Oklahoma faces likely legal challenge after board approved first religious charter school in the U.S.


Last week, the Oklahoma Charter School Board approved a Catholic school’s application for charter school funding, making it the first religious charter school in the country and setting the stage for a likely legal battle to determine whether the Oklahoma constitution or the U.S. Constitution allows – or even requires – direct taxpayer funding of religious schools.

The board’s 3-2 vote flatly ignored legal advice from Oklahoma’s own attorney general, Gentner Drummond, who warned that funding a religious charter school would violate state law. He even wrote an op-ed this weekend in The Oklahoman titled “Approval of Catholic charter school drove a stake in the heart of religious liberty.” Here’s an excerpt:

There is no “religious freedom” in compelling Oklahomans to fund religions that may violate their own deeply held beliefs. The framers of the U.S. Constitution and those who drafted Oklahoma’s Constitution clearly understood how best to protect religious freedom: by preventing the state from sponsoring any religion at all.

Oklahoma’s constitution, he explained, requires public schools to be free from “sectarian control;” the state’s charter school law also mandates that all participating schools are to be nonsectarian in its programs and operations.

Drummond issued an earlier statement after the vote, blasting the move:

“The approval of any publicly funded religious school is contrary to Oklahoma law and not in the best interest of taxpayers … It’s extremely disappointing that board members violated their oath in order to fund religious schools with our tax dollars. In doing so, these members have exposed themselves and the State to potential legal action that could be costly.”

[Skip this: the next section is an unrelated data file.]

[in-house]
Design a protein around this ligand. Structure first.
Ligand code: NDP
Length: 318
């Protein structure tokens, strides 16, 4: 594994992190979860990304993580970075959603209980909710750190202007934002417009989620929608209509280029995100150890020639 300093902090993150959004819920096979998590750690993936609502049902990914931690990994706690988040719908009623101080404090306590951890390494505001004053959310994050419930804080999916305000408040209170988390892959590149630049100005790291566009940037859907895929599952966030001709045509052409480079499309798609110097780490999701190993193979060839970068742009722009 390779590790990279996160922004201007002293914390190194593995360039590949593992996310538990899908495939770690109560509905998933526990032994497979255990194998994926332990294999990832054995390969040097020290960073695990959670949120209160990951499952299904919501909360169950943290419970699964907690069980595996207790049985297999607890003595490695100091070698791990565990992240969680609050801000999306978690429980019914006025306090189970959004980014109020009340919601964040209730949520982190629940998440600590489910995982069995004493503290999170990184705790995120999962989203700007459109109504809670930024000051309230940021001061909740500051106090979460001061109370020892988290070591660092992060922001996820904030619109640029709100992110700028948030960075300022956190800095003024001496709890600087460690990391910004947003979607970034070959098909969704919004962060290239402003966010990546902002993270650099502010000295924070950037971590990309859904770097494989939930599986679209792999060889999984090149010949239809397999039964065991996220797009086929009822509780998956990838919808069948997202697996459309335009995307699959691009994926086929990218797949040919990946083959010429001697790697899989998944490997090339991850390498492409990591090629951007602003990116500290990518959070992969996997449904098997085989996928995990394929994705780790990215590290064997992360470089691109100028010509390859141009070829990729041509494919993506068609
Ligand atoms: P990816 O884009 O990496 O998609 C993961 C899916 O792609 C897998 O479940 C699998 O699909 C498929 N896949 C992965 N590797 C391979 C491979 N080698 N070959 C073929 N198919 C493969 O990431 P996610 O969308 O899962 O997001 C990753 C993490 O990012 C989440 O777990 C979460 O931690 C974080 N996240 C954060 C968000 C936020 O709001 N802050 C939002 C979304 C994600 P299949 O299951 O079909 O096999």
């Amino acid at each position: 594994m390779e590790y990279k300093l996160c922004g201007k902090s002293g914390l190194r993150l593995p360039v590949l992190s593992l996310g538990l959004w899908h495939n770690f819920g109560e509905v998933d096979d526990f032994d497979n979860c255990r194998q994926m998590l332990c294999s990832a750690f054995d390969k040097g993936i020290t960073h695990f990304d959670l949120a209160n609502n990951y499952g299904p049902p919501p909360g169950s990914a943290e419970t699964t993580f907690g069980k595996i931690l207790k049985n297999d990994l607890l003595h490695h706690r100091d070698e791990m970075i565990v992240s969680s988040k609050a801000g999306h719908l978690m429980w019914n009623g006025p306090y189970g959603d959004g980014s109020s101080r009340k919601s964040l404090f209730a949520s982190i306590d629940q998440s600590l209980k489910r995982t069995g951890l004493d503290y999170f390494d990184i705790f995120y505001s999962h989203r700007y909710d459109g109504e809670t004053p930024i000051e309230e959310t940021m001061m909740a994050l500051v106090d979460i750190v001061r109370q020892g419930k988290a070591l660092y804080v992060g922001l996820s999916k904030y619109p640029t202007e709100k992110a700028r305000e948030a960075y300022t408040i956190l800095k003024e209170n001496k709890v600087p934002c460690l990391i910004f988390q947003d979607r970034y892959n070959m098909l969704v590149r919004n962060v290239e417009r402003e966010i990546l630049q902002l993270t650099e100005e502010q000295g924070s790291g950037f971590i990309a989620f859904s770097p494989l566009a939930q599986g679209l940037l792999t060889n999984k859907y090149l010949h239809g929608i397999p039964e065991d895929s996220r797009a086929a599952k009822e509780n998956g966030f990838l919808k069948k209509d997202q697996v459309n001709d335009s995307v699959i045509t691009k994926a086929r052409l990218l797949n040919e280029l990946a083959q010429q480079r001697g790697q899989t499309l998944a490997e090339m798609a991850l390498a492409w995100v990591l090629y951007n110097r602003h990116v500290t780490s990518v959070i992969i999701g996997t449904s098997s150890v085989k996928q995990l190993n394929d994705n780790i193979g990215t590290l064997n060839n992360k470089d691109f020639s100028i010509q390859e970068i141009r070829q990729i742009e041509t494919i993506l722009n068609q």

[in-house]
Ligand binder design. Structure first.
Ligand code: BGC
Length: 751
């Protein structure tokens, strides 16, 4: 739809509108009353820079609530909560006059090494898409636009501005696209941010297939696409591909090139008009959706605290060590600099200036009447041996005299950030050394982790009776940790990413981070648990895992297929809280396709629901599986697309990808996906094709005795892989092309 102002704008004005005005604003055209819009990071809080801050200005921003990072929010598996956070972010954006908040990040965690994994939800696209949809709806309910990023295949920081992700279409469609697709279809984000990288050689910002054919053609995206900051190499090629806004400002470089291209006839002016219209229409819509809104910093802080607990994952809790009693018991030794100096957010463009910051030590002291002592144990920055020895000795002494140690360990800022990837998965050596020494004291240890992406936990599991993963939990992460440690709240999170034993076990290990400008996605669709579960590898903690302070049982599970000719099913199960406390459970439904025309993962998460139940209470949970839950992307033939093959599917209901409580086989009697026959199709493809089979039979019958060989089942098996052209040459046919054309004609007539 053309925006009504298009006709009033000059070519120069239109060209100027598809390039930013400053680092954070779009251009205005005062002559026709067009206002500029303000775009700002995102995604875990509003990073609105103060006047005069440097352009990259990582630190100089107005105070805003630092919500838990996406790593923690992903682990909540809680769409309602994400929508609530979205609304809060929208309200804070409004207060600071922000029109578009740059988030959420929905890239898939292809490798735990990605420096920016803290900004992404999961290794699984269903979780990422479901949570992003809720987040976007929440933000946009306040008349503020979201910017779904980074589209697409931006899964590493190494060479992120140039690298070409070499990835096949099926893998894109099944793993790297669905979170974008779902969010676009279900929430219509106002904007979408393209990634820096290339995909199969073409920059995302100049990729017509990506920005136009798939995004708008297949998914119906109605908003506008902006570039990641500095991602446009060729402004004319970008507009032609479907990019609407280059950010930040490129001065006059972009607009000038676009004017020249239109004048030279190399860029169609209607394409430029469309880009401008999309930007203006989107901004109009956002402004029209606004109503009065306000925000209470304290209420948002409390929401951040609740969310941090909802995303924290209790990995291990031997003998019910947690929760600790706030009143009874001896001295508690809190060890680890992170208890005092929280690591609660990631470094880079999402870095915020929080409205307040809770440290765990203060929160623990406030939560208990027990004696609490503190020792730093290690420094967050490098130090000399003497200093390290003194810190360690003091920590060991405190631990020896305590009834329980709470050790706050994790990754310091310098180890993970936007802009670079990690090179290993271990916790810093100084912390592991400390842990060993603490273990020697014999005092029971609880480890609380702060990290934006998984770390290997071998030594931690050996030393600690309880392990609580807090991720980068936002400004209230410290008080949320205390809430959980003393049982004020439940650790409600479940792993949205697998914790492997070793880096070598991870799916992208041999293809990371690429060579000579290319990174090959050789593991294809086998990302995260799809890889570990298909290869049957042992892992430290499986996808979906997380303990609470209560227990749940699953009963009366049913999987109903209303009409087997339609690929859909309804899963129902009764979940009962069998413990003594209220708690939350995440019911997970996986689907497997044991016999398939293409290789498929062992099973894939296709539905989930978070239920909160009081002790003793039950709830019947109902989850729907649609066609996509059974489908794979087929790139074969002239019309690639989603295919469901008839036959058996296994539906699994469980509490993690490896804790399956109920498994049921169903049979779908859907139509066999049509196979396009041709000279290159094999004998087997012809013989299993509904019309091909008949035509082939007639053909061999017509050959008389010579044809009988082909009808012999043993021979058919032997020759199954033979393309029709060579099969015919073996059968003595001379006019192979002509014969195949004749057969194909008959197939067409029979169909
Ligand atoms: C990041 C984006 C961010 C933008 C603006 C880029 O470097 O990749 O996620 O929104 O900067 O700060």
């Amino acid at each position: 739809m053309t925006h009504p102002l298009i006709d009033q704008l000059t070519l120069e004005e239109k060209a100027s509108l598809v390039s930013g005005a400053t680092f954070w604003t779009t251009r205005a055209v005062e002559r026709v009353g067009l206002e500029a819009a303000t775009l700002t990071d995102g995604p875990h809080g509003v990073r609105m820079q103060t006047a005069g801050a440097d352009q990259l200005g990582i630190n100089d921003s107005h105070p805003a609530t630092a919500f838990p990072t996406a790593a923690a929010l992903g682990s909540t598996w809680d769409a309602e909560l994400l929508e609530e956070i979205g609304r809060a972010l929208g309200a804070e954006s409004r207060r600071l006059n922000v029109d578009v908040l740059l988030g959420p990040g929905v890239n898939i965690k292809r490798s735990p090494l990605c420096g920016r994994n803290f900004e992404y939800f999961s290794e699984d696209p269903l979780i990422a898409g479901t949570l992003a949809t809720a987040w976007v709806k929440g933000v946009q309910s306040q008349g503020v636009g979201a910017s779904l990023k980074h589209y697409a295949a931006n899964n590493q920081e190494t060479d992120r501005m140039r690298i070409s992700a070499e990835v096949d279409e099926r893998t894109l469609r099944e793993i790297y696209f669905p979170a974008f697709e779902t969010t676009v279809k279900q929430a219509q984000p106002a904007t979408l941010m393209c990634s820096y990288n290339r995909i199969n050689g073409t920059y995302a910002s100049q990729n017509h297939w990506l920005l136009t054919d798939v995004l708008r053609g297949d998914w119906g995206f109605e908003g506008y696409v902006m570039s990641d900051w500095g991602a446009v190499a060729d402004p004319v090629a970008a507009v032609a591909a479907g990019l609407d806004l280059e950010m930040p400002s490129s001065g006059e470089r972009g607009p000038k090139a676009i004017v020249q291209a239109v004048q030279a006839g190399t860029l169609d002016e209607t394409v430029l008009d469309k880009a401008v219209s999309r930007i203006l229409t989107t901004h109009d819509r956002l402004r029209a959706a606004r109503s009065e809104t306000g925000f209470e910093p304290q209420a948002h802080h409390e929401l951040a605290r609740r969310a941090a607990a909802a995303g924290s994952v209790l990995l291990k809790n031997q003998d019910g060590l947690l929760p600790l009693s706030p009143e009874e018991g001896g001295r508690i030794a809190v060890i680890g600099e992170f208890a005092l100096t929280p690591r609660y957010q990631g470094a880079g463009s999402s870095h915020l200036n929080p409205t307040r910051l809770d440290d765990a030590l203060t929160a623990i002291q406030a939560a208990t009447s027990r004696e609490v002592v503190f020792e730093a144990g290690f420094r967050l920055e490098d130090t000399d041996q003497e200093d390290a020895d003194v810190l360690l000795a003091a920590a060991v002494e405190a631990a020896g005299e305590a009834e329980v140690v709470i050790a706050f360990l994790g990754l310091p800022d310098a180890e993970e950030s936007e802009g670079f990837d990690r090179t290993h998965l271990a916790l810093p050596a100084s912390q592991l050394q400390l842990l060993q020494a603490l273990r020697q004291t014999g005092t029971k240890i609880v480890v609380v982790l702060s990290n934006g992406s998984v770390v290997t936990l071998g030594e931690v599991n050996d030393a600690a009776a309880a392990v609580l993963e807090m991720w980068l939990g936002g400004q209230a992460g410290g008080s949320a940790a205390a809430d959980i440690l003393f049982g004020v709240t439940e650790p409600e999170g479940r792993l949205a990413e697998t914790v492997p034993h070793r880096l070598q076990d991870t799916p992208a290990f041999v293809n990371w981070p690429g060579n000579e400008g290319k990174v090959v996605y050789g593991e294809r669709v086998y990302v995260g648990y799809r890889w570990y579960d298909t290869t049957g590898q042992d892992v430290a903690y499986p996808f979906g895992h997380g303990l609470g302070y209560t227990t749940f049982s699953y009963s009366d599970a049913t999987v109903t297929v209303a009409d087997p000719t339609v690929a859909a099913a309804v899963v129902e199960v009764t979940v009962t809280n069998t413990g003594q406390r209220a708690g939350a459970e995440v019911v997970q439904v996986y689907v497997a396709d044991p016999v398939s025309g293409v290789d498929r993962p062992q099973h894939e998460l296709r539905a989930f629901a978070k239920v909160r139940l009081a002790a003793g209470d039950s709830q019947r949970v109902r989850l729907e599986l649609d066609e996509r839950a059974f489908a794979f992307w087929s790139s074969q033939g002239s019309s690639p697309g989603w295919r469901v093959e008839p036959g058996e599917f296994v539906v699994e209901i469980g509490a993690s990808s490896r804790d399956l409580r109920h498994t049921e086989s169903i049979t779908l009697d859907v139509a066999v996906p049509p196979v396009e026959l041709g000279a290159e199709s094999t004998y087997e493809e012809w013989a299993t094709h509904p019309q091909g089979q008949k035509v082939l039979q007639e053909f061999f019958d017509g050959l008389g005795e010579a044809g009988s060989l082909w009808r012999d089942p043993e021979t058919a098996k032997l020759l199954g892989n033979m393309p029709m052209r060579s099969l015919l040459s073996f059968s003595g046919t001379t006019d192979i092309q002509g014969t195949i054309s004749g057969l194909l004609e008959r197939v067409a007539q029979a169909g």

Why take an action that is so directly contrary to state law? One reason may be that the U.S. Supreme Court in recent years has methodically cleared the path for religious institutions – including schools – to have greater access to taxpayer funds regardless of state laws barring such funding.

The Court has held that the First Amendment requires a state to include houses of worship in safety-related funding programs (Trinity Lutheran, 2017); that a state’s tax credit program for private school tuition has to include religious school tuition (Espinoza, 2020); and that a state program to fund private school tuition for students in districts without a public high school must include religious schools (Carson, 2022). All three cases involved state laws that barred the funding at issue to protect against taxpayer funding of religion, protections the Court disallowed.

The Oklahoma Charter School Board majority argues that those decisions require it to approve a religious school’s charter school application. But the school funding cases involved private religious schools, not a publicly funded charter school program – an argument that Drummond rightly criticized as a “misuse [of] the concept of religious liberty by employing it as a means to justify state-funded religion.” BJC’s Amanda Tyler noted in her response on Twitter that “funding private religious schools with public dollars violates core legal principles protecting religious freedom for all.”

Following the vote, Americans United announced it may take legal action:

“State and federal law are clear: Charter schools are public schools that must be secular and open to all students. No public-school family should fear that their child will be required by charter schools to take theology classes or be expelled for failing to conform to religious doctrines. And the government should never force anyone to fund religious education. In a country built on the principle of separation of church and state, public schools must never be allowed to become Sunday schools.”

BJC has long supported public education “because public schools support religious liberty for all students.” For more on how public schools protect religious liberty, see this printable handout, BJC’s resource page on Religion in Public Schools, and the recent Respecting Religion podcast.



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